They have battled for more than four years, and last week, Microsoft Corp. and the Department of Justice found themselves in court again.
But this time, the two were on the same side, joining a contingent of settling states in U.S. District Court here to defend a consent decree hammered out late last year to end the case over Microsofts monopolistic practices.
After the daylong hearing, Judge Colleen Kollar-Kotelly took the matter under advisement, saying she would rule on this case without waiting for the outcome of a case going to trial this month. The trial, in which Microsoft will take on the nine states that didnt join the settlement over remedies following the companys appeal of the verdict from the initial trial, was scheduled to start this week but was postponed until next week after the states changed some of the wording of their proposal.
In the hearing last week, John Warden, Microsofts lead attorney in the case, argued that the Redmond, Wash., software maker, in the settlement with the DOJ, went far beyond the probable outcome had the case been retried.
Even though the governments case was weak, Warden said, Microsoft settled for terms beyond what it thought a litigated decree would include because "that was the cost of a settlement."
Opponents argued that the settlement did little to keep Microsoft from using its monopolistic powers to squelch competition, with consumers being the biggest losers.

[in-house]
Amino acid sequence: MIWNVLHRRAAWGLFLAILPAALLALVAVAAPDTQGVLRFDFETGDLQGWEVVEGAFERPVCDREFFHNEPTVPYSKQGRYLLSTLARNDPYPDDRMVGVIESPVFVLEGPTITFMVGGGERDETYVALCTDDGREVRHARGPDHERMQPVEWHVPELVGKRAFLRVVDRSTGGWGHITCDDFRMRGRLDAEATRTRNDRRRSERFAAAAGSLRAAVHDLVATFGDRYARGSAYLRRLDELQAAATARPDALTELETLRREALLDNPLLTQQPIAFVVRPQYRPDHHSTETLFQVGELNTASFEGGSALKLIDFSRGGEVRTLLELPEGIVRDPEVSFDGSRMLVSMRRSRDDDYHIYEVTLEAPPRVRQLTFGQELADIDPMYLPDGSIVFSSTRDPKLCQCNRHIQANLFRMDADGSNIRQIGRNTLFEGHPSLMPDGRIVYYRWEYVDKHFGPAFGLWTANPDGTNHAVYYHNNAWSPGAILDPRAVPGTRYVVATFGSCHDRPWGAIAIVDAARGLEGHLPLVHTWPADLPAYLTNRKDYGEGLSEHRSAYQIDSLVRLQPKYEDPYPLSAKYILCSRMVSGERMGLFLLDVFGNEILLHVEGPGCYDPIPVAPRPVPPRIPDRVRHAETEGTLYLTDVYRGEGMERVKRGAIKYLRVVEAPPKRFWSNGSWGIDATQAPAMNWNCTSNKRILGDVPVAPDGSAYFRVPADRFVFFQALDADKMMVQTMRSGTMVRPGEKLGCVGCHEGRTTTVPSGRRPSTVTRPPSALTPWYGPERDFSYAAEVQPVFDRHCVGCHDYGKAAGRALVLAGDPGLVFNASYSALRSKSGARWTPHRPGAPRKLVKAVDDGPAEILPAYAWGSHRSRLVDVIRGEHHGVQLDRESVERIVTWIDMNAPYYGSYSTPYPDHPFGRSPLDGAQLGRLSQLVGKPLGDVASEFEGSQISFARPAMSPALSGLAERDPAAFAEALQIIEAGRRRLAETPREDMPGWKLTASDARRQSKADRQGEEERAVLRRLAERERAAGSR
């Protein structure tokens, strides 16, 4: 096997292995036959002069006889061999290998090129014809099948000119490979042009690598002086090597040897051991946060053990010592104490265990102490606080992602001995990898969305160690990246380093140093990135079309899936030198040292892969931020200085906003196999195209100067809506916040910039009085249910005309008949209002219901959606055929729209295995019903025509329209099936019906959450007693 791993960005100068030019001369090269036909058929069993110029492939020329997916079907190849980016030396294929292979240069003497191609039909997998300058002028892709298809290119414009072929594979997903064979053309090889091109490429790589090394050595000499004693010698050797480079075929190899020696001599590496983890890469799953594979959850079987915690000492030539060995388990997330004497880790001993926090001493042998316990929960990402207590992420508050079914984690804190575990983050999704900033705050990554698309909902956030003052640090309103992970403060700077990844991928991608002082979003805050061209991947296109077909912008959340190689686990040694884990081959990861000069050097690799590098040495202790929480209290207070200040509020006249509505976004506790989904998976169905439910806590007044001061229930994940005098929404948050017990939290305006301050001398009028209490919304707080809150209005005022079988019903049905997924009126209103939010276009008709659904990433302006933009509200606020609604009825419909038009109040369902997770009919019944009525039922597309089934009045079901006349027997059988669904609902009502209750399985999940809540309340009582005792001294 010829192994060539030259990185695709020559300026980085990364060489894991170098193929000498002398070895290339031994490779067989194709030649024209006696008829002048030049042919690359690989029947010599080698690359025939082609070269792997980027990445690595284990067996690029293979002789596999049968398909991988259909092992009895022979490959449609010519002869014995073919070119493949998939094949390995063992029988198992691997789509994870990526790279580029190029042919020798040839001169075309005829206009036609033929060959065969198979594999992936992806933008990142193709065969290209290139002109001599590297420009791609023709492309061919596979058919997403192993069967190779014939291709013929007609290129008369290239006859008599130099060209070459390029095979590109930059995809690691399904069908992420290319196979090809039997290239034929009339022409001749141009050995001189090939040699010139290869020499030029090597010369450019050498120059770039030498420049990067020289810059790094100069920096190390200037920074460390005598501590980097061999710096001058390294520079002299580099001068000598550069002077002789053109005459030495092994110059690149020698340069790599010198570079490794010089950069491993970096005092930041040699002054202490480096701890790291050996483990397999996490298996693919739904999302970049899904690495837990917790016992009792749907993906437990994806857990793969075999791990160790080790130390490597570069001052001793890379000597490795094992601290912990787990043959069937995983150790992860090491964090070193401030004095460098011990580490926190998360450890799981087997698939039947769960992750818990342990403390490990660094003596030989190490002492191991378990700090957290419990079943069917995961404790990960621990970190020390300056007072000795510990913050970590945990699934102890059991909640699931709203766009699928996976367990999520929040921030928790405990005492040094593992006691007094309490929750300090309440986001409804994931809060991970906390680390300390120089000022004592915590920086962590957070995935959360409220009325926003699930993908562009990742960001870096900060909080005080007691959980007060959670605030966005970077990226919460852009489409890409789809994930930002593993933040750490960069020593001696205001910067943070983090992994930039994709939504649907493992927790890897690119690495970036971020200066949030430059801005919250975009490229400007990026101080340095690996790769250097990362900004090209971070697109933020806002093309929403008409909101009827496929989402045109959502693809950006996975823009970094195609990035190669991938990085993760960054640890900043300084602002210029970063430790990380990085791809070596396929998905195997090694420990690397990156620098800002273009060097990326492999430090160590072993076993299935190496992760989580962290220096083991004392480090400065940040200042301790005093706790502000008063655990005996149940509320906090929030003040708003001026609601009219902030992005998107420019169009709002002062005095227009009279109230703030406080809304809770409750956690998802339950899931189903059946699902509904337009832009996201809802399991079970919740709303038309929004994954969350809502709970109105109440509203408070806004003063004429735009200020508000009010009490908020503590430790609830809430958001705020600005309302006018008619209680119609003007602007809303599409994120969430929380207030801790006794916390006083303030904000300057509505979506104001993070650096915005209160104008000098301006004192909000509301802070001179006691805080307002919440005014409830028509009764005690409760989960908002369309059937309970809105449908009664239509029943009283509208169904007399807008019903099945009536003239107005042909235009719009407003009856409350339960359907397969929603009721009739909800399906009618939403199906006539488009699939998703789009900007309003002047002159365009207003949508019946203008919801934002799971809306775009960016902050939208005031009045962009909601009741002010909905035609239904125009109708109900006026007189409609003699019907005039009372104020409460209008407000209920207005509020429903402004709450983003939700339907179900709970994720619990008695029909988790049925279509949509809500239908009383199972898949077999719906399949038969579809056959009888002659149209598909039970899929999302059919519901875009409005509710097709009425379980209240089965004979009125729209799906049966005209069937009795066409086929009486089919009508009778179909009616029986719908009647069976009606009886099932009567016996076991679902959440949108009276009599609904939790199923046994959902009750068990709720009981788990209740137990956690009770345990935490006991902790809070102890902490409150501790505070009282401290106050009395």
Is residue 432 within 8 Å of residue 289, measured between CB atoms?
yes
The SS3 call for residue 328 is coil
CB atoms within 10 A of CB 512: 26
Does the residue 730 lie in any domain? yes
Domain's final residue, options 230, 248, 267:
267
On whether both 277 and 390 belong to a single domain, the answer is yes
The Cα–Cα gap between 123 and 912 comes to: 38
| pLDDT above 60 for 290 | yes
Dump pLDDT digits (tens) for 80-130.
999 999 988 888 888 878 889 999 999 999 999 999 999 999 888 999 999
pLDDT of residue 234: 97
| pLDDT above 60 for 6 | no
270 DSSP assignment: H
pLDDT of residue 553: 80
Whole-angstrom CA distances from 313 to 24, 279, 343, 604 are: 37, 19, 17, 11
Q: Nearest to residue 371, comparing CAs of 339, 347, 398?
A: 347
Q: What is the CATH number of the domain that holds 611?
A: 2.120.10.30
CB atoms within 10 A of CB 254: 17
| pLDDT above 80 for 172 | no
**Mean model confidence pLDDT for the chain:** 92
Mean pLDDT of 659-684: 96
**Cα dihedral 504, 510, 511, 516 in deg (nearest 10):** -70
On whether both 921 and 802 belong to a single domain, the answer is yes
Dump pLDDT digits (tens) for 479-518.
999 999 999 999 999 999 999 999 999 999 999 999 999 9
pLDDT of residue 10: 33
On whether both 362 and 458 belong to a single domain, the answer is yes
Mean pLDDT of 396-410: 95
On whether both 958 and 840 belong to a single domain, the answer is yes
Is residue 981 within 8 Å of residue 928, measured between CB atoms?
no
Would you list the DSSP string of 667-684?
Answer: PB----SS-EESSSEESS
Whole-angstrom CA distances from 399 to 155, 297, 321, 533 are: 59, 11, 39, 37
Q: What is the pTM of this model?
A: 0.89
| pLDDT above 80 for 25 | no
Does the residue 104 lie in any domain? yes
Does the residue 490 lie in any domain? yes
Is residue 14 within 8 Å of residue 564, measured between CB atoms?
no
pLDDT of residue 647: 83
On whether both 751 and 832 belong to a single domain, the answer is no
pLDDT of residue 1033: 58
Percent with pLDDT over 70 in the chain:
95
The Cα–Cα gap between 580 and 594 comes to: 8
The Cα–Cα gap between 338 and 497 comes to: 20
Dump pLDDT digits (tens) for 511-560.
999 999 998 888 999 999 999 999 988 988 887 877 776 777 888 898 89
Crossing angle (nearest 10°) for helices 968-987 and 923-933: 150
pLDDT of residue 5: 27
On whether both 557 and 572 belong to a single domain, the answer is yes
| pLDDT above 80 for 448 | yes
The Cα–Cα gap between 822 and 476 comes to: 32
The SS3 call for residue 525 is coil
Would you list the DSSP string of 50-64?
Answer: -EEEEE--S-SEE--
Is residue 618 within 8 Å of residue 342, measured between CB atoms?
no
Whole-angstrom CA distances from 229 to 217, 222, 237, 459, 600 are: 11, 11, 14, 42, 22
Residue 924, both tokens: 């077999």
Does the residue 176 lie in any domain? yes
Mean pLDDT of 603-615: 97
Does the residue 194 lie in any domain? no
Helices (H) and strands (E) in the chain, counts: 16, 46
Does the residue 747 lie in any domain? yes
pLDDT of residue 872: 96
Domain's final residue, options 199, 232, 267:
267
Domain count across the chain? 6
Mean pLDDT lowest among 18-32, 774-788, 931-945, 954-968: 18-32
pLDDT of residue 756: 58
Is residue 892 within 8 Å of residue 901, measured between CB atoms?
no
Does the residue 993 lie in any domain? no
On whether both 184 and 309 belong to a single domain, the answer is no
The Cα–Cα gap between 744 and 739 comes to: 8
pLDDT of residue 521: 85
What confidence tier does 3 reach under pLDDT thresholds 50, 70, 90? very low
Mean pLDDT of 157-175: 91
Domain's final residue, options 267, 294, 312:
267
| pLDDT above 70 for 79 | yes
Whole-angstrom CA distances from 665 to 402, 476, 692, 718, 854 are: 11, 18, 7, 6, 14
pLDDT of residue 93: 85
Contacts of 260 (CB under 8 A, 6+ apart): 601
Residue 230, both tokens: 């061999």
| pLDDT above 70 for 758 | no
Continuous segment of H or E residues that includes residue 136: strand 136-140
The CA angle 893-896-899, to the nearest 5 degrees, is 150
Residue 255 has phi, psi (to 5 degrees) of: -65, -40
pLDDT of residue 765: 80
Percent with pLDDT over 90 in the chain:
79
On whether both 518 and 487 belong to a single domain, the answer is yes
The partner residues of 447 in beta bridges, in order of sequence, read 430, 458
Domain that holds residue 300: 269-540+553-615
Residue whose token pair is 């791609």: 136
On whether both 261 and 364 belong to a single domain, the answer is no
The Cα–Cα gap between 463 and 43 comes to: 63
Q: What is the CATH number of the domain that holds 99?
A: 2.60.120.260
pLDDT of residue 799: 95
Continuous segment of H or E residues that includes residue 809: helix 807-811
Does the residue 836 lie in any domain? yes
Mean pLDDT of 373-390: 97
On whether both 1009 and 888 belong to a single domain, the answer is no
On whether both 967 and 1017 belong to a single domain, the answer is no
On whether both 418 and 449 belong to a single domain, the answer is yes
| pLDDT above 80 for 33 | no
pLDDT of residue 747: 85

Had the consent decree been in place in 1995, "Microsoft would have been able to do the same things it did to Netscape Navigator and to Java," which both posed threats to Microsofts operating system monopoly, said Robert Bork, a former federal judge and an attorney representing a group of Microsoft opponents known as ProComp.
Don Flexner, an attorney representing SBC Communications Corp., a San Antonio broadband provider, said the decree does nothing to limit Microsofts incursions into other areas, such as Internet services.
But Gene Schearr, arguing on behalf of the Association for Competitive Technology, said the primary opposition to the decree are companies such as Sun Microsystems Inc. and AOL Time Warner Inc., which are dominant in their own areas and want to use the courts to block competition from Microsoft.
Schearr likened the case to a chicken coop where chickens attack a sick or injured bird "until that chicken is no longer a competitor for the food supply."